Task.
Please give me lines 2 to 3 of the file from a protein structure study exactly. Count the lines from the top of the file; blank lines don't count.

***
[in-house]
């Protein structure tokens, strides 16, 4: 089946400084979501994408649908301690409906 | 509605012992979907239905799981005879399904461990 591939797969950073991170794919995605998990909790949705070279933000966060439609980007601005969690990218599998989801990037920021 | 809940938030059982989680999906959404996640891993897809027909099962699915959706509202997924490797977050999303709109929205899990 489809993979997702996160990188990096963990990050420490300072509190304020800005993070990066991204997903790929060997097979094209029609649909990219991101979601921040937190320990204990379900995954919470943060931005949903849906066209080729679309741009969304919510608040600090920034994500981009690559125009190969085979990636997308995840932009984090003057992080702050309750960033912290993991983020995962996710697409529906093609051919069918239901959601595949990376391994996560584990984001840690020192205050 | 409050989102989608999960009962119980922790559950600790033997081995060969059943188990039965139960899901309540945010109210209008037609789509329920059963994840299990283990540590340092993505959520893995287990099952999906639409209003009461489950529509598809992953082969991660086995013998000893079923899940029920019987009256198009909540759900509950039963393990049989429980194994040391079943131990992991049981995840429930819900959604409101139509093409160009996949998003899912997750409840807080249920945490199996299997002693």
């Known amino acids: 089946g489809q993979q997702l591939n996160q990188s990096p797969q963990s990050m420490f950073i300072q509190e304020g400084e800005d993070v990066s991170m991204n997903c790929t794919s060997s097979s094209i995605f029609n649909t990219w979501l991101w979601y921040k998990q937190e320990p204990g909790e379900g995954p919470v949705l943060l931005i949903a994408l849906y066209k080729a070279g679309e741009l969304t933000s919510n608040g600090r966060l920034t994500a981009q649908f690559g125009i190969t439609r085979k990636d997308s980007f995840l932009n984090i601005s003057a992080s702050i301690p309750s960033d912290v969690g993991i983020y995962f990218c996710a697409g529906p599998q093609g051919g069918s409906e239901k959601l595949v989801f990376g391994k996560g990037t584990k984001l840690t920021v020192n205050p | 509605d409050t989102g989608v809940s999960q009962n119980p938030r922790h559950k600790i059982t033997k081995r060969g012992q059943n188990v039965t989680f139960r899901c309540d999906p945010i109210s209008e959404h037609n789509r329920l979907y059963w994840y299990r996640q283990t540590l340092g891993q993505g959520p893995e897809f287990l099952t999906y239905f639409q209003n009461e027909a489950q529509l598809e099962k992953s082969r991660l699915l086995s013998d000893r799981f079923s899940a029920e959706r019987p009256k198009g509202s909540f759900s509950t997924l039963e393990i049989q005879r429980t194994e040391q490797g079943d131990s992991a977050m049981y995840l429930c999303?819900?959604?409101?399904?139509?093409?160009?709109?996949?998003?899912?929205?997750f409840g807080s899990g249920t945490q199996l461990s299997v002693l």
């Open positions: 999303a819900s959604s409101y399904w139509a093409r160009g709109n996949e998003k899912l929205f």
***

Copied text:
């Protein structure tokens, strides 16, 4: 089946400084979501994408649908301690409906 | 509605012992979907239905799981005879399904461990 591939797969950073991170794919995605998990909790949705070279933000966060439609980007601005969690990218599998989801990037920021 | 809940938030059982989680999906959404996640891993897809027909099962699915959706509202997924490797977050999303709109929205899990 489809993979997702996160990188990096963990990050420490300072509190304020800005993070990066991204997903790929060997097979094209029609649909990219991101979601921040937190320990204990379900995954919470943060931005949903849906066209080729679309741009969304919510608040600090920034994500981009690559125009190969085979990636997308995840932009984090003057992080702050309750960033912290993991983020995962996710697409529906093609051919069918239901959601595949990376391994996560584990984001840690020192205050 | 409050989102989608999960009962119980922790559950600790033997081995060969059943188990039965139960899901309540945010109210209008037609789509329920059963994840299990283990540590340092993505959520893995287990099952999906639409209003009461489950529509598809992953082969991660086995013998000893079923899940029920019987009256198009909540759900509950039963393990049989429980194994040391079943131990992991049981995840429930819900959604409101139509093409160009996949998003899912997750409840807080249920945490199996299997002693």
């Known amino acids: 089946g489809q993979q997702l591939n996160q990188s990096p797969q963990s990050m420490f950073i300072q509190e304020g400084e800005d993070v990066s991170m991204n997903c790929t794919s060997s097979s094209i995605f029609n649909t990219w979501l991101w979601y921040k998990q937190e320990p204990g909790e379900g995954p919470v949705l943060l931005i949903a994408l849906y066209k080729a070279g679309e741009l969304t933000s919510n608040g600090r966060l920034t994500a981009q649908f690559g125009i190969t439609r085979k990636d997308s980007f995840l932009n984090i601005s003057a992080s702050i301690p309750s960033d912290v969690g993991i983020y995962f990218c996710a697409g529906p599998q093609g051919g069918s409906e239901k959601l595949v989801f990376g391994k996560g990037t584990k984001l840690t920021v020192n205050p | 509605d409050t989102g989608v809940s999960q009962n119980p938030r922790h559950k600790i059982t033997k081995r060969g012992q059943n188990v039965t989680f139960r899901c309540d999906p945010i109210s209008e959404h037609n789509r329920l979907y059963w994840y299990r996640q283990t540590l340092g891993q993505g959520p893995e897809f287990l099952t999906y239905f639409q209003n009461e027909a489950q529509l598809e099962k992953s082969r991660l699915l086995s013998d000893r799981f079923s899940a029920e959706r019987p009256k198009g509202s909540f759900s509950t997924l039963e393990i049989q005879r429980t194994e040391q490797g079943d131990s992991a977050m049981y995840l429930c999303?819900?959604?409101?399904?139509?093409?160009?709109?996949?998003?899912?929205?997750f409840g807080s899990g249920t945490q199996l461990s299997v002693l």